What’s the Story ©

Posted on February 4, 2013 by David Blumenkrantz

What’s the story? is the 1st element in the architectural structure for youth and community development through rites of passage. Stories, myths, legends passed down from previous generations convey values and ethics that serve survival. Everyone has a story that informs their world-view and beliefs, guiding their lives into meaningful actions.

We are at a time of dramatic change. The stories we tell about this time and our lives shape what we believe, informing and guiding how we act. If we believe that violence is caused primarily by the availability of guns then this story will direct our actions to focus on gun control. When we see the world through a mechanistic story of cause and effect our actions will be linear and limited, leading us to focus on a single solution. In a living system – where all things are related – a single solution is inadequate.

What is a more adequate story for this particular time of great transition? For thousands of years rites of passage have been the way we transmitted values and ethics, that have established expectations for behavior, that are essential for survival to the next generation. How have we been doing transmitting values and ethics, essential for survival to our next generation? Rites of passage is an important story that we’ve forgotten.

Let me tell you a story:

A very long time ago there lived a tribe. One day a great peril fell upon the tribe, which placed them all in imminent danger and under threat of great harm. The people were afraid they might perish and went to the Chief.

"What shall we do?" they asked.

"We should ask the wise old one," responded the Chief.

And so they asked the wise old one in the presence of the tribe.

"Wise one," the Chief began, "We are facing a great peril. Our whole tribe is in imminent danger and under threat of great harm. What are we to do?

The wise one thought for a moment and replied. "I heard that there used to be a place we would go at times like this but I can no longer remember where the place is. I do know that there also used to be a prayer that we would say and a song that we used to sing. The prayer and the song I do remember." The wise one led the people in the prayer and they all sang the song and the tribe was saved.

Years later, another event occurred that placed this same tribe in imminent danger and under threat of great harm. The people were afraid that they might all perish and went to the Chief. The Chief, in turn went to the great grandchild of the wise old one of long ago, who was now an elder in the tribe.

The chief convened the tribe around the sacred fire and asked the wise one: "Our people face a great peril. We are in imminent danger and under threat of great harm. You are the great grandchild of the legendary wise old one and carry the wisdom of our ancestors. What shall we do?"

The wise old elder thought for a great time while the tribe waited anxiously and then began to speak slowly, gazing off into the distance. "I heard that there used to be a special place we would go at times like this. But, I do not remember where it is any more. And, I recall that there was also a special prayer that the people used to say, but again I am sorry, for I do not remember. I do know for certain that there used to be a song that was sung at times like this. But, I'm afraid it was very long ago, and I do not remember the song either."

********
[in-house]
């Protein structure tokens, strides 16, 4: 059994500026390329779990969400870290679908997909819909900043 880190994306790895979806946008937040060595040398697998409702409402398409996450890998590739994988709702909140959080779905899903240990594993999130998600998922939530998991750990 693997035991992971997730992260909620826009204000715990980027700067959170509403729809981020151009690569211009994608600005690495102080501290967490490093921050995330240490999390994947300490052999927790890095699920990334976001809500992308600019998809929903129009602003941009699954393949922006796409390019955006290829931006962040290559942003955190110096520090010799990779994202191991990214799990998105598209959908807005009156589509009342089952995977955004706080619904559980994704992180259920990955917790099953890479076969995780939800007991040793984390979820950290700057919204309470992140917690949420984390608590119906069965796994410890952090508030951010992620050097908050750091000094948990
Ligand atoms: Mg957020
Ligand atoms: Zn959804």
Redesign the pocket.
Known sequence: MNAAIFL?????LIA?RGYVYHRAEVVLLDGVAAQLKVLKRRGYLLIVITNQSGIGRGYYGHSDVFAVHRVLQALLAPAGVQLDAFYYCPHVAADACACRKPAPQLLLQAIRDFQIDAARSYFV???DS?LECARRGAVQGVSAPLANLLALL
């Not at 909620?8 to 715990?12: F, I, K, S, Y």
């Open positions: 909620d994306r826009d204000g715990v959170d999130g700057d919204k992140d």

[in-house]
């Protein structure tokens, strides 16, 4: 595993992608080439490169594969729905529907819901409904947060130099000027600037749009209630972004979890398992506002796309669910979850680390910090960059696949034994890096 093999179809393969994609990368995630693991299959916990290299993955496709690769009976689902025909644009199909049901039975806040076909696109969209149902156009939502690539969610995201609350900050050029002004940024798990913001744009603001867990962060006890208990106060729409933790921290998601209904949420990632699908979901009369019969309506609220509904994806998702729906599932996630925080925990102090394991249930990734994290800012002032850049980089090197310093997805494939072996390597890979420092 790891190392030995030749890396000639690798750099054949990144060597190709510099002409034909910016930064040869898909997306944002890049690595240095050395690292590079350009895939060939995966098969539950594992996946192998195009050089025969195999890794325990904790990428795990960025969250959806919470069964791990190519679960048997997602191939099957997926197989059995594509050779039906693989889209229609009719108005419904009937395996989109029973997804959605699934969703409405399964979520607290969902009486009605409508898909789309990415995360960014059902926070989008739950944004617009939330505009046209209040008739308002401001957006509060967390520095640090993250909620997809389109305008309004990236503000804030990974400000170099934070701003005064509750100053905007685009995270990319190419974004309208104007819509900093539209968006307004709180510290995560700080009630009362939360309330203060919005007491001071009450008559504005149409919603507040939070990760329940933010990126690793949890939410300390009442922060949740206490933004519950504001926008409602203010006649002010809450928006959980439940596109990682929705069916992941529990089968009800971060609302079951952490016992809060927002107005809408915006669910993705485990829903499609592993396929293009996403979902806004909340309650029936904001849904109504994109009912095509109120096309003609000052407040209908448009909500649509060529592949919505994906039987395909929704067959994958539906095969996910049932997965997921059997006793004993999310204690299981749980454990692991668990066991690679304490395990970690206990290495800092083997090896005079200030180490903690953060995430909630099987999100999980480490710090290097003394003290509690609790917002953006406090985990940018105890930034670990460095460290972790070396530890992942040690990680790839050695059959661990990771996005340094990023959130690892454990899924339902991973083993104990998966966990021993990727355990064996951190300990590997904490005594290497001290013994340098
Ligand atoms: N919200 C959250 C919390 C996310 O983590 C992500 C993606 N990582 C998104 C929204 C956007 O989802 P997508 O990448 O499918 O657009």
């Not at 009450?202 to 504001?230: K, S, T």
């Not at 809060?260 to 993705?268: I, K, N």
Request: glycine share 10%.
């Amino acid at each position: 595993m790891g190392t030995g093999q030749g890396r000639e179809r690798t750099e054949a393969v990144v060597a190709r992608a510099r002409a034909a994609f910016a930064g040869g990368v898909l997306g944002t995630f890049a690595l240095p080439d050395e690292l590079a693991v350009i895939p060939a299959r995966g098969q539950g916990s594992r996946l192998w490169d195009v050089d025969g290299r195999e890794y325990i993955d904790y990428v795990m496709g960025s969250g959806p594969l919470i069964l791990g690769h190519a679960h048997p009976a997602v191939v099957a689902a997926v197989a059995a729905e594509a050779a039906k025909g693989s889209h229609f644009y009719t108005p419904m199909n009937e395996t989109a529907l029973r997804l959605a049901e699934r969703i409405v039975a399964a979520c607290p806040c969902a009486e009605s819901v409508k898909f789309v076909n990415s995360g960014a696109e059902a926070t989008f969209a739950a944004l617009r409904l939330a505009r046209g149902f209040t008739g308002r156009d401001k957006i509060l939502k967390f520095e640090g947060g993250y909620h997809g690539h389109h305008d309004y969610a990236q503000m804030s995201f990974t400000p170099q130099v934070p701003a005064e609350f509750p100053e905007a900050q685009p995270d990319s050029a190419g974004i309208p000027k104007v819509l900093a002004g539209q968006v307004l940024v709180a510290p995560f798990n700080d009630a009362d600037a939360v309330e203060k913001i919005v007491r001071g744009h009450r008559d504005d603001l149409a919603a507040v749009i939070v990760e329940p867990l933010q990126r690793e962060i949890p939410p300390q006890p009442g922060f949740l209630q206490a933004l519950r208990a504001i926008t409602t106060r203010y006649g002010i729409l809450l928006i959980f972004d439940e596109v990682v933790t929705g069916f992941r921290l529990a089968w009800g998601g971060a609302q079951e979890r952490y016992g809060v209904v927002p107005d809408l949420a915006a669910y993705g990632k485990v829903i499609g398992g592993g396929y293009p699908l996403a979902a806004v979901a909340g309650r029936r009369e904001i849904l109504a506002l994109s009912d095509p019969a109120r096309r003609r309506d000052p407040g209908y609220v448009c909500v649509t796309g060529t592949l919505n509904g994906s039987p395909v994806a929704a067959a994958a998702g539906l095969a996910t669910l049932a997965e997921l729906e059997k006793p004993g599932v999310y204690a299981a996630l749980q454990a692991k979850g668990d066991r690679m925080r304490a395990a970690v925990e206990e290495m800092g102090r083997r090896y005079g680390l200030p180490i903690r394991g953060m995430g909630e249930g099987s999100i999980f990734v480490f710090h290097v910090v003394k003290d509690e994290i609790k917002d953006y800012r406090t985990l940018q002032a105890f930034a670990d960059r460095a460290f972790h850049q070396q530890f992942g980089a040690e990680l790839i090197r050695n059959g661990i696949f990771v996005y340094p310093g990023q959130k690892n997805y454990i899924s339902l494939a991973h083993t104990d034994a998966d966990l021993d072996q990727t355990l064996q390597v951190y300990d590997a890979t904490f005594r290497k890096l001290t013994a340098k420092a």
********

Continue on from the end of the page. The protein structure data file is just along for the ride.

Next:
So, having lost not only the knowledge of the sacred place, but also the special prayer and the song to sing the tribe was filled with fear. But, the wise one did not despair and told this story and the tribe was saved.

Stories are powerful. Just telling the story saved the tribe. Indeed, aren’t we, as a people, facing great peril and imminent danger - under threat of great harm? Even the most optimistic or naïve among us must acknowledge dark clouds on humanity’s horizon. We need to remember and tell the story of rites of passage. We know it well. It’s deep in our bones. The celebration of a rite of passage is renewing for the entire community. A child's public expression of and commitment to a community's values and beliefs reinforce expectations for behaviors. A child's coming of age presents an opportunity for the whole community to examine, adapt and re-commit themselves to their social and cultural heritage. It takes a whole child to raise a village that helps the tribes around our country and the world to be saved.

For more information on the story of youth and community development through rites of passage visit us at: - You thoughts and comments are welcome. Please send to:

Posted in ROPE

Read more about Youth & Community Development through Rites of Passage in the new and highly acclaimed book by Dr. David Blumenkranz.

David Blumenkrantz, Ph.D., Ed.M., Founder & Executive Director, the Center for Youth & Community

What I’m Writing About

Recent Posts


Why This Blog Now?

It’t time for a Paradigm Shift – a fundamental change in beliefs, theory and approach – in developing community-centered responses to the challenges faced by today’s Youth & Community. More here>>